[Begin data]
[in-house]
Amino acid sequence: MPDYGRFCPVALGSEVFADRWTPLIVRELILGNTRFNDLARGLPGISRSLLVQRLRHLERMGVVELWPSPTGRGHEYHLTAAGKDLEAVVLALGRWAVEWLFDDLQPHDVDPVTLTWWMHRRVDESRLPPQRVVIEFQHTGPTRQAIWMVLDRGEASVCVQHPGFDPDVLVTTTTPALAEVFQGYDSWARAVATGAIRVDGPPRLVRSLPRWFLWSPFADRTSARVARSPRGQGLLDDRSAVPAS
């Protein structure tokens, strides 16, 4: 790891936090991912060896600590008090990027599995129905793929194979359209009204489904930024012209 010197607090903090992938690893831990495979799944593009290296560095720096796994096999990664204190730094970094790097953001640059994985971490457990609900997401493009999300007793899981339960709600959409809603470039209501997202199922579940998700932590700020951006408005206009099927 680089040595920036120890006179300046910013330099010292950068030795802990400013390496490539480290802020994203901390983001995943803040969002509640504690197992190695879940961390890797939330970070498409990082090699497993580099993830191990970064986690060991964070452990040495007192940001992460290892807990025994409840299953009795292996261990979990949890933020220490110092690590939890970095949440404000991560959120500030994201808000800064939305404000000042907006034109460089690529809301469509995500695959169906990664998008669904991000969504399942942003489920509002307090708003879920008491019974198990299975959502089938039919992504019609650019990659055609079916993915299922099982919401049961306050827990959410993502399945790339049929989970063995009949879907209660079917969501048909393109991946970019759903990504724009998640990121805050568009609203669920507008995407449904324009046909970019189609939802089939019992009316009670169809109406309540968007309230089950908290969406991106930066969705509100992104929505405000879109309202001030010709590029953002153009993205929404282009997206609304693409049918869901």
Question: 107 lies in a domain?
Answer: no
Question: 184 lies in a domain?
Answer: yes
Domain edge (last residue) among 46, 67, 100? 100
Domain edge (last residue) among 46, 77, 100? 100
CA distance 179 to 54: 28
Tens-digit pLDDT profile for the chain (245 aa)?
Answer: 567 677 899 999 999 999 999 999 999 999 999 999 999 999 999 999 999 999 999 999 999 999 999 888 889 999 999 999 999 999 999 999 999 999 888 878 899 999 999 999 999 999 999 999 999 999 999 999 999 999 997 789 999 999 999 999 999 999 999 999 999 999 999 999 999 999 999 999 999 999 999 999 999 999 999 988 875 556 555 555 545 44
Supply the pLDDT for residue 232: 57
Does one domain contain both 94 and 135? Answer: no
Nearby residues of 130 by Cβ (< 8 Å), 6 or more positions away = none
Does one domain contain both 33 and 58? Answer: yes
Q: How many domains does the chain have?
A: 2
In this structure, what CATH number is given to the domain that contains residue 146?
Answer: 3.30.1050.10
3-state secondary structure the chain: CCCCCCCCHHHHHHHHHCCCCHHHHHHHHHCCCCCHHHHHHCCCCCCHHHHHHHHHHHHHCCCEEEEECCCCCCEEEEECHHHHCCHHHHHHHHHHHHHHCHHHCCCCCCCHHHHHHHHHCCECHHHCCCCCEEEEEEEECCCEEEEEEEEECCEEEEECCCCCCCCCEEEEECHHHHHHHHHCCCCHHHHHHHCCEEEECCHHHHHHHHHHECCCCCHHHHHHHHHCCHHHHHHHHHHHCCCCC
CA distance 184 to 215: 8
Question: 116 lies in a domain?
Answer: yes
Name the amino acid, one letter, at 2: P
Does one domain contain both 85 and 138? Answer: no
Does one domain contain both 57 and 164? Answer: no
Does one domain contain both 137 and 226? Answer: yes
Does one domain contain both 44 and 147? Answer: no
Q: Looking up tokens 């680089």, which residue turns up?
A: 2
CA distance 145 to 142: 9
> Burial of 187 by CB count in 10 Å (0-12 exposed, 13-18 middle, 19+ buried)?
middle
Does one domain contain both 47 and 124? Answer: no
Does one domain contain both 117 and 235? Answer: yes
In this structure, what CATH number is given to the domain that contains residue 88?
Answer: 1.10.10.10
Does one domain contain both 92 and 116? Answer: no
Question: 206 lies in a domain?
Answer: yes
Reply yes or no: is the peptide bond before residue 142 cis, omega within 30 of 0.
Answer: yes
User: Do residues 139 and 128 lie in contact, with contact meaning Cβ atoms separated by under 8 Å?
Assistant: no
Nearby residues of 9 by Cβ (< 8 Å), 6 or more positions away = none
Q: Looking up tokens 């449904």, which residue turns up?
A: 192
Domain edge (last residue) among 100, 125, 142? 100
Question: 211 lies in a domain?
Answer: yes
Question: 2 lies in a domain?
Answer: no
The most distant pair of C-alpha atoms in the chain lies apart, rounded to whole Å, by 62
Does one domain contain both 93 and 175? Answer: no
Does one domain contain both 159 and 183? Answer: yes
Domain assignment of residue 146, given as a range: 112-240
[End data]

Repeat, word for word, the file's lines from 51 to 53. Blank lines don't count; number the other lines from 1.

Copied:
Answer: yes
Question: 2 lies in a domain?
Answer: no